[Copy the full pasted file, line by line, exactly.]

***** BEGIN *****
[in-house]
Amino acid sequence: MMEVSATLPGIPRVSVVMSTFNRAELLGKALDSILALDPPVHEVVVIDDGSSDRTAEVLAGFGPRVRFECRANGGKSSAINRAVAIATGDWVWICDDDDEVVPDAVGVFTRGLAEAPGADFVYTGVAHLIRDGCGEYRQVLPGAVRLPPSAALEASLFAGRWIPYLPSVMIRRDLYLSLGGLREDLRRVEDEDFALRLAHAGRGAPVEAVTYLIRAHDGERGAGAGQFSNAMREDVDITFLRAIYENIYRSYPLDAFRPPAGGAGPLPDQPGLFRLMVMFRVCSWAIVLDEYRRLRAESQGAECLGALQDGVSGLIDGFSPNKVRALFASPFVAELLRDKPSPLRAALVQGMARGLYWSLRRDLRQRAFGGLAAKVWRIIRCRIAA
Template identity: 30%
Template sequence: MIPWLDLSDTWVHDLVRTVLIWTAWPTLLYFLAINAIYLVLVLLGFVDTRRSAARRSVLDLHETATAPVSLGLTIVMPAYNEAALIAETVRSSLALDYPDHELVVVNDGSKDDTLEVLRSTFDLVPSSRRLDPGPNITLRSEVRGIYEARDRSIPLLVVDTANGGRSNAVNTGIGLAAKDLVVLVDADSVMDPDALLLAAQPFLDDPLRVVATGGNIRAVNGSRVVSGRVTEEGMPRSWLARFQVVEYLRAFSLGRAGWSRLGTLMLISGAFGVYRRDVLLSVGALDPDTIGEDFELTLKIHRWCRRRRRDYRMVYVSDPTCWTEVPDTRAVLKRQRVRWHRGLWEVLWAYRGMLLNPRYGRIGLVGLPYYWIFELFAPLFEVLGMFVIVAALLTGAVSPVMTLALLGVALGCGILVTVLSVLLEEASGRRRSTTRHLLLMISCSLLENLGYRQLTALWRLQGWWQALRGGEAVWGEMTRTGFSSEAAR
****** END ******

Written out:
[in-house]
Amino acid sequence: MMEVSATLPGIPRVSVVMSTFNRAELLGKALDSILALDPPVHEVVVIDDGSSDRTAEVLAGFGPRVRFECRANGGKSSAINRAVAIATGDWVWICDDDDEVVPDAVGVFTRGLAEAPGADFVYTGVAHLIRDGCGEYRQVLPGAVRLPPSAALEASLFAGRWIPYLPSVMIRRDLYLSLGGLREDLRRVEDEDFALRLAHAGRGAPVEAVTYLIRAHDGERGAGAGQFSNAMREDVDITFLRAIYENIYRSYPLDAFRPPAGGAGPLPDQPGLFRLMVMFRVCSWAIVLDEYRRLRAESQGAECLGALQDGVSGLIDGFSPNKVRALFASPFVAELLRDKPSPLRAALVQGMARGLYWSLRRDLRQRAFGGLAAKVWRIIRCRIAA
Template identity: 30%
Template sequence: MIPWLDLSDTWVHDLVRTVLIWTAWPTLLYFLAINAIYLVLVLLGFVDTRRSAARRSVLDLHETATAPVSLGLTIVMPAYNEAALIAETVRSSLALDYPDHELVVVNDGSKDDTLEVLRSTFDLVPSSRRLDPGPNITLRSEVRGIYEARDRSIPLLVVDTANGGRSNAVNTGIGLAAKDLVVLVDADSVMDPDALLLAAQPFLDDPLRVVATGGNIRAVNGSRVVSGRVTEEGMPRSWLARFQVVEYLRAFSLGRAGWSRLGTLMLISGAFGVYRRDVLLSVGALDPDTIGEDFELTLKIHRWCRRRRRDYRMVYVSDPTCWTEVPDTRAVLKRQRVRWHRGLWEVLWAYRGMLLNPRYGRIGLVGLPYYWIFELFAPLFEVLGMFVIVAALLTGAVSPVMTLALLGVALGCGILVTVLSVLLEEASGRRRSTTRHLLLMISCSLLENLGYRQLTALWRLQGWWQALRGGEAVWGEMTRTGFSSEAAR